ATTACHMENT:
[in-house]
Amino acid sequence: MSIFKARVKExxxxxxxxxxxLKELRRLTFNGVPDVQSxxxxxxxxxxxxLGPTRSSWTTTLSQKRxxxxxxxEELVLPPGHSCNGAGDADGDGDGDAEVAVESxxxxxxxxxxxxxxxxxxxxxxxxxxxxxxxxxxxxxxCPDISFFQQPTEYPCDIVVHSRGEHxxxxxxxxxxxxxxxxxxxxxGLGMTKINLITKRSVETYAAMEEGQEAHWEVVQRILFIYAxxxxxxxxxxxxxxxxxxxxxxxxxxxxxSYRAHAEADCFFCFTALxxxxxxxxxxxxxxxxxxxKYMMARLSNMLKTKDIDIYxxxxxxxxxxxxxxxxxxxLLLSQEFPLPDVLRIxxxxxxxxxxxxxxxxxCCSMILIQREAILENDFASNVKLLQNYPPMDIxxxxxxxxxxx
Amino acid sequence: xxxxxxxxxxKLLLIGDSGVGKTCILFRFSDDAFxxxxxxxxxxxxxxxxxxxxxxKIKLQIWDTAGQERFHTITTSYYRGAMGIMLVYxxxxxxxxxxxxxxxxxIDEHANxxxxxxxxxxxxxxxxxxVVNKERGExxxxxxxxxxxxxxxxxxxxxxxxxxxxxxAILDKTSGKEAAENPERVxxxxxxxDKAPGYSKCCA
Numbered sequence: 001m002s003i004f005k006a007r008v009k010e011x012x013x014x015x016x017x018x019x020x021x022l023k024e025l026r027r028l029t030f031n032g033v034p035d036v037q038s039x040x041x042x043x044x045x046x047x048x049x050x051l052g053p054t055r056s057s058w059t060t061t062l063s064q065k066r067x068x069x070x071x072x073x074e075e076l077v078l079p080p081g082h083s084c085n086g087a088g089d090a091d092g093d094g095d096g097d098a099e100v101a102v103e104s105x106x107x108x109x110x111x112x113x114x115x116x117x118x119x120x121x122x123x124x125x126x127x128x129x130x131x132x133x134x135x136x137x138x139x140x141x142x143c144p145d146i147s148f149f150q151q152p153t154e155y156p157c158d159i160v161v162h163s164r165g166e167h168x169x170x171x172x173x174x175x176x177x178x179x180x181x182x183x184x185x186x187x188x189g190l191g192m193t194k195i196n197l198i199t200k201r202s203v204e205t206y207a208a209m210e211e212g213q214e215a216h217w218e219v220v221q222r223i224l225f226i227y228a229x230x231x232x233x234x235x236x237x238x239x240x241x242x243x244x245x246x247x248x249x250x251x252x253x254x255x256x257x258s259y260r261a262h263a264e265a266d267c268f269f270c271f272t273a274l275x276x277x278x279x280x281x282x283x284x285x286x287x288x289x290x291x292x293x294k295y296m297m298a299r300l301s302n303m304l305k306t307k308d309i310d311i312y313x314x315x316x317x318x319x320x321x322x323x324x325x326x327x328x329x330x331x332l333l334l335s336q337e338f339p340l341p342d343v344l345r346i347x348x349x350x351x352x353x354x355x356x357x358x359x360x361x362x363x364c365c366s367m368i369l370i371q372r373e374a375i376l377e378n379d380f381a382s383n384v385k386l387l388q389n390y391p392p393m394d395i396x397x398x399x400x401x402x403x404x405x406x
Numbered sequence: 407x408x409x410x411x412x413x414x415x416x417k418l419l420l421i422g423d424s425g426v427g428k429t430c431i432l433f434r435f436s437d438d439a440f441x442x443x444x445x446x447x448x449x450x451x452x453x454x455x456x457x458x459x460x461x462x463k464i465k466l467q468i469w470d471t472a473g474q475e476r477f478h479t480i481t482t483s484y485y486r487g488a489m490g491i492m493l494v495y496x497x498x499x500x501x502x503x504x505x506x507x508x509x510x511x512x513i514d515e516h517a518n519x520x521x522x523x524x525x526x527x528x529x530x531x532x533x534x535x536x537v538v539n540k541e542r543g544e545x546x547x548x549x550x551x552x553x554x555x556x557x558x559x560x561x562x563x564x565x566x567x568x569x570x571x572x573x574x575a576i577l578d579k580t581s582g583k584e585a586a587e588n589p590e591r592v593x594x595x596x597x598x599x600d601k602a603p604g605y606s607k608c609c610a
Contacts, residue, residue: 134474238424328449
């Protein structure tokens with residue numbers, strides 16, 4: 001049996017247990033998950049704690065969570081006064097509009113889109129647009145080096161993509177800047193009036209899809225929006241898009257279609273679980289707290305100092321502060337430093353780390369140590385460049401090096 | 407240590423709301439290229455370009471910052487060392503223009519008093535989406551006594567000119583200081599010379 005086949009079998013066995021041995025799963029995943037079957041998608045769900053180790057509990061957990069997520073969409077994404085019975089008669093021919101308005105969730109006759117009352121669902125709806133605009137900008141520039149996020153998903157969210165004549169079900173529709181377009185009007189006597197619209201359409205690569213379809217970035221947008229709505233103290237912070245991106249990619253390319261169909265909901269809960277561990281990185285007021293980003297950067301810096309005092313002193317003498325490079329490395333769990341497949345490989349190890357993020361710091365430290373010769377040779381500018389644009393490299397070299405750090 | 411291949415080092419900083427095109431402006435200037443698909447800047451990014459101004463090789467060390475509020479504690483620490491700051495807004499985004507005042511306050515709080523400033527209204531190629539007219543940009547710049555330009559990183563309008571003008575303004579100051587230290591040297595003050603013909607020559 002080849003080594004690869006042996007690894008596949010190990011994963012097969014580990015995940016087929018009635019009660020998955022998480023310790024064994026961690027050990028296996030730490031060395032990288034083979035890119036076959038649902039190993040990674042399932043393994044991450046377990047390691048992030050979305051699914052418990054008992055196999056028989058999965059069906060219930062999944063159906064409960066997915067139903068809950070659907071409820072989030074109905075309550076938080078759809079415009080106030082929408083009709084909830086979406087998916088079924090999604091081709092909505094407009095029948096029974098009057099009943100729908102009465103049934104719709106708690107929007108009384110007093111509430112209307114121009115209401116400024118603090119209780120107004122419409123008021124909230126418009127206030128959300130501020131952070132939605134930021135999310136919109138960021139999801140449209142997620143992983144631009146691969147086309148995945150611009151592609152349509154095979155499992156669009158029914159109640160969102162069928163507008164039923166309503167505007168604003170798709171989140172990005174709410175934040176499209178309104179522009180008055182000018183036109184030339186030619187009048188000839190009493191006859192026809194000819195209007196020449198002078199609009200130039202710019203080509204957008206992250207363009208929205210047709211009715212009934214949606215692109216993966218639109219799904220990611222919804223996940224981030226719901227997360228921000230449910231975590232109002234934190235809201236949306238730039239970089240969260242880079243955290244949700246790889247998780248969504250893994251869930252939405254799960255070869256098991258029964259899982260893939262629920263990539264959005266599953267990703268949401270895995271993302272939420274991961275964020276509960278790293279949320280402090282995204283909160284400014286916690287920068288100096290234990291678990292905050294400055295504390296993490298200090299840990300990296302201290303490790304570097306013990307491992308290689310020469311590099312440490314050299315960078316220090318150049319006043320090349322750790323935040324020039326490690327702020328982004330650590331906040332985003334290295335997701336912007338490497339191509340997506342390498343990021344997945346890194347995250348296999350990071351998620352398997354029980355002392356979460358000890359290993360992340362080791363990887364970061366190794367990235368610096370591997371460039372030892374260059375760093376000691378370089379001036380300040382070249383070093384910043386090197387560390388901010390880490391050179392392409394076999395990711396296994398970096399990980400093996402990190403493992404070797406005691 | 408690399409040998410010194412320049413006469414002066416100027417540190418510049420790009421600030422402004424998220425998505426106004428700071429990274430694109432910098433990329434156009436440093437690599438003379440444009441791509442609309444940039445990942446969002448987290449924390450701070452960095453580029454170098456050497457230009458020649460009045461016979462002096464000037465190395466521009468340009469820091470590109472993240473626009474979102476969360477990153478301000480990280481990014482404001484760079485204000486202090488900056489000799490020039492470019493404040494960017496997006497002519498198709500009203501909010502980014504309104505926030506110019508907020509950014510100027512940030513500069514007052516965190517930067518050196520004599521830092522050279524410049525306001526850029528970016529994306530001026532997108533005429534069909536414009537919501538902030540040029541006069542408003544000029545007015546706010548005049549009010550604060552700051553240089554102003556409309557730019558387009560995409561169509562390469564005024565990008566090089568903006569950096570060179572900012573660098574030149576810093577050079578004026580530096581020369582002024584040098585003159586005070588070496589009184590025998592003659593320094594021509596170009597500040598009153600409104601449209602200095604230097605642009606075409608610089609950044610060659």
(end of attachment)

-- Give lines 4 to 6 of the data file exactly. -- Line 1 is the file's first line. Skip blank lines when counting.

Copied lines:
Numbered sequence: 001m002s003i004f005k006a007r008v009k010e011x012x013x014x015x016x017x018x019x020x021x022l023k024e025l026r027r028l029t030f031n032g033v034p035d036v037q038s039x040x041x042x043x044x045x046x047x048x049x050x051l052g053p054t055r056s057s058w059t060t061t062l063s064q065k066r067x068x069x070x071x072x073x074e075e076l077v078l079p080p081g082h083s084c085n086g087a088g089d090a091d092g093d094g095d096g097d098a099e100v101a102v103e104s105x106x107x108x109x110x111x112x113x114x115x116x117x118x119x120x121x122x123x124x125x126x127x128x129x130x131x132x133x134x135x136x137x138x139x140x141x142x143c144p145d146i147s148f149f150q151q152p153t154e155y156p157c158d159i160v161v162h163s164r165g166e167h168x169x170x171x172x173x174x175x176x177x178x179x180x181x182x183x184x185x186x187x188x189g190l191g192m193t194k195i196n197l198i199t200k201r202s203v204e205t206y207a208a209m210e211e212g213q214e215a216h217w218e219v220v221q222r223i224l225f226i227y228a229x230x231x232x233x234x235x236x237x238x239x240x241x242x243x244x245x246x247x248x249x250x251x252x253x254x255x256x257x258s259y260r261a262h263a264e265a266d267c268f269f270c271f272t273a274l275x276x277x278x279x280x281x282x283x284x285x286x287x288x289x290x291x292x293x294k295y296m297m298a299r300l301s302n303m304l305k306t307k308d309i310d311i312y313x314x315x316x317x318x319x320x321x322x323x324x325x326x327x328x329x330x331x332l333l334l335s336q337e338f339p340l341p342d343v344l345r346i347x348x349x350x351x352x353x354x355x356x357x358x359x360x361x362x363x364c365c366s367m368i369l370i371q372r373e374a375i376l377e378n379d380f381a382s383n384v385k386l387l388q389n390y391p392p393m394d395i396x397x398x399x400x401x402x403x404x405x406x
Numbered sequence: 407x408x409x410x411x412x413x414x415x416x417k418l419l420l421i422g423d424s425g426v427g428k429t430c431i432l433f434r435f436s437d438d439a440f441x442x443x444x445x446x447x448x449x450x451x452x453x454x455x456x457x458x459x460x461x462x463k464i465k466l467q468i469w470d471t472a473g474q475e476r477f478h479t480i481t482t483s484y485y486r487g488a489m490g491i492m493l494v495y496x497x498x499x500x501x502x503x504x505x506x507x508x509x510x511x512x513i514d515e516h517a518n519x520x521x522x523x524x525x526x527x528x529x530x531x532x533x534x535x536x537v538v539n540k541e542r543g544e545x546x547x548x549x550x551x552x553x554x555x556x557x558x559x560x561x562x563x564x565x566x567x568x569x570x571x572x573x574x575a576i577l578d579k580t581s582g583k584e585a586a587e588n589p590e591r592v593x594x595x596x597x598x599x600d601k602a603p604g605y606s607k608c609c610a
Contacts, residue, residue: 134474238424328449